A few of the world's players have the capability to excercise their vote. And now they must learn to work together. Instead of wariness, distrust and isolation, we are now forced by circumstance into unity, cooperation and compromise (the dirtiest of words). The alternative is endless destruction, and as our capacity for devastation escalates, extinction becomes the logical conclusion.

So, how do we navigate this uncharted water? The answer can only be drawn from our own human experience of transitioning from adolescent to adult: by making mistakes. It is my hope that we learn from them before we make a mistake from which we cannot recover. The belligerence and isolation of humanity is nearing an end. But what kind of adult comes from such a childhood?

4.25.2003

Sometimes, as I go to sleep, I pretend I'm dying and that I won't wake up. It's actually kind of peaceful after you get over the terror of the first few hundred times.

Nothing has changed my perspective on life and people I meet like acknowledging my (and their!) mortality.

4.22.2003

It would be nice to be able to say I understand this planet. But I don't. I just can't wrap my head around how people stick their head in the sand, how they cling unquestioned to their beliefs despite opinion (and sometimes evidence!) to the contrary. Are people trained or born with the inability to handle more than one concept at the same time?

I make it my personal goal to always understand and respect someone else's point of view even if I know that they are dead wrong. And I'm not just talking about "blue is better than green" wrong, I mean, "2+2=5" wrong. I've been wrong before on many counts where I thought to my core that I was right. I've learned not to espouse many things as fundamentally true. Is it so difficult to accept that we make mistakes? What have we been taught about mistakes and the tolerance thereof? Sure, certain things are not to be tolerated otherwise everything breaks down but surely there's room for leniency and accomodating.

Part of the problem lies in the belief of only one "true" solution and especially one "true" moral solution to problems. Killing people is bad because it's immoral. Is this valid? Why can't I say it is moral? I personally don't think killing people is a good thing. I don't want someone to kill me. So I'm against killing people. What if I did want someone to kill me? Can I then say killing is a good thing? Get out your guns! That doesn't seem likely. I feel safe in saying that it's a fairly universal sentiment that people would choose not to be killed if given the option.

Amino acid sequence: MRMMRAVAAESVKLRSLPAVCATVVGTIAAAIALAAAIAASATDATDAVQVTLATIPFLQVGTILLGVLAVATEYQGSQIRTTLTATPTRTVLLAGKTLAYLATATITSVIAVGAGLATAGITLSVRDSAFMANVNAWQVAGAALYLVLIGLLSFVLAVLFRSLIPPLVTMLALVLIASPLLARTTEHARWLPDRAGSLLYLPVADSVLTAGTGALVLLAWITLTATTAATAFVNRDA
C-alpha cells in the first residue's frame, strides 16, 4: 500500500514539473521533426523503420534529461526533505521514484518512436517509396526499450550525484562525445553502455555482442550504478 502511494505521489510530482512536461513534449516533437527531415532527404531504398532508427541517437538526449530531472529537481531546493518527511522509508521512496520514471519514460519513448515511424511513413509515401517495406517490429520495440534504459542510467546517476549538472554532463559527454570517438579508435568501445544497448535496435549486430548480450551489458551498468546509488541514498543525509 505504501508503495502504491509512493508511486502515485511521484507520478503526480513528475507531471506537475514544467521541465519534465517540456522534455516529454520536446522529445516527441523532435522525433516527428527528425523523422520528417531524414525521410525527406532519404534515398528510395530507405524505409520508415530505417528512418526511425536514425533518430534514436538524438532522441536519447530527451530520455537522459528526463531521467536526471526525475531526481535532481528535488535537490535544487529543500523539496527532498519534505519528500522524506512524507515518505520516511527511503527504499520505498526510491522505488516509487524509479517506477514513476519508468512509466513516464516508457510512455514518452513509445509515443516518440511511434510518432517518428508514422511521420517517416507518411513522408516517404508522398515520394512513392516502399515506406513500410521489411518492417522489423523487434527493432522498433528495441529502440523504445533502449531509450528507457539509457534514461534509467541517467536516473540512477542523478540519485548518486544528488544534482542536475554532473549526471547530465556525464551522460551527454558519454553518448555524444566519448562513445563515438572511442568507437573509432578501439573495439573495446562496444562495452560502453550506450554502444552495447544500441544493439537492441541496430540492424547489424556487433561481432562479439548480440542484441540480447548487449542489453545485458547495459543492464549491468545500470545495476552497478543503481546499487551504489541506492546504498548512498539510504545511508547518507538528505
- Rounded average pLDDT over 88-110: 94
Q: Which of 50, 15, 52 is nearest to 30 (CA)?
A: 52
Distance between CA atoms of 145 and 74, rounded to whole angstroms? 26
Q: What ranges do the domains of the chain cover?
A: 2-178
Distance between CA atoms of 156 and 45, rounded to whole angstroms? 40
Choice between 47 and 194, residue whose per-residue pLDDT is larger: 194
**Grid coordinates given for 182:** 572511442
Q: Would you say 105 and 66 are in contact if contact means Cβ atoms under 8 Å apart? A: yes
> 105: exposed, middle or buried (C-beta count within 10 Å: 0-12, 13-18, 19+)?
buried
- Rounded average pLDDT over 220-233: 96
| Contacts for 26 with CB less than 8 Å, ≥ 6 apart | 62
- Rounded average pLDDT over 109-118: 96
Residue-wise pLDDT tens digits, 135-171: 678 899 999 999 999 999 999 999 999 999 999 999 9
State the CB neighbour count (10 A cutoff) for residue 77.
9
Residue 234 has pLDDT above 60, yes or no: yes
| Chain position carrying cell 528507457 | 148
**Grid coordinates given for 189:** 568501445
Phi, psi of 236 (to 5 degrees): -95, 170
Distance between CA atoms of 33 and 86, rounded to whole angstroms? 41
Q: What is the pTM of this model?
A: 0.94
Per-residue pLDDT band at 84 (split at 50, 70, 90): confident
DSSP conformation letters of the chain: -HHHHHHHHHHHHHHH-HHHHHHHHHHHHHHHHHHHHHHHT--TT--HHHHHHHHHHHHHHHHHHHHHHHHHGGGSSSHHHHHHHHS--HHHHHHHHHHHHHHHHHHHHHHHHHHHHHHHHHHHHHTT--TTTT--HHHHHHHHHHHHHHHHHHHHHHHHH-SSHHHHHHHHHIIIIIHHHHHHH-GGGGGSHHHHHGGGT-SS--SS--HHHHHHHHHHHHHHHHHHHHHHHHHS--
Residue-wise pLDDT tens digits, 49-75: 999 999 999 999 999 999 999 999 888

Now what about something like abortion? Is it killing? Well, I think a major stumbling block is "Is it alive?". If you don't think killing is right, and you think it's alive, well, then you're against it. If you don't think it's alive, well, you're not killing anything, just a few inert cells. What do you do when you reach an impasse? Do you suddenly go ballistic and assassinate people? Hmm. Are you killing them or performing justice? I think it's fair to say individuals should not take justice into their own hands. In any case, a general policy is required in this society called law as to what is allowed and not allowed. But what prevents this from becoming a reasonable debate is the "black and white" outlook which doesn't help anyone and completely stops any progress in its tracks. Right and wrong are rarely clear especially when opposing sides differ on fundamental premises. If you really believe something is wrong compromise is not exactly your first thought. But it always comes back to the fact that you cannot know you are right. The solution that encompasses a multitude of views and allows for both sides to achieve partial satisfaction of their goals is often elusive. The satisfaction has to be enough that the matter will be swallowable. Which is why the best solutions leave both parties unsatisfied. It's an unpalatable philosophy but doesn't victimize one over the other (never underestimate the ability of people to feel robbed, denied, or generally hard done by). Victims rebel, rally and rage.

Sadly, people, for the most part, are unwilling to swallow anything but their own blind "truth". Then you have to ram it down their throat and hope that time brings wisdom as it often does. Sometimes, if you're lucky, the issue is made moot by obsolesence or circumvention. But don't count on it. The best bet is that even wrong principles are corrected by the majority over time. Deception and injustice are good in the short-term but erode readily.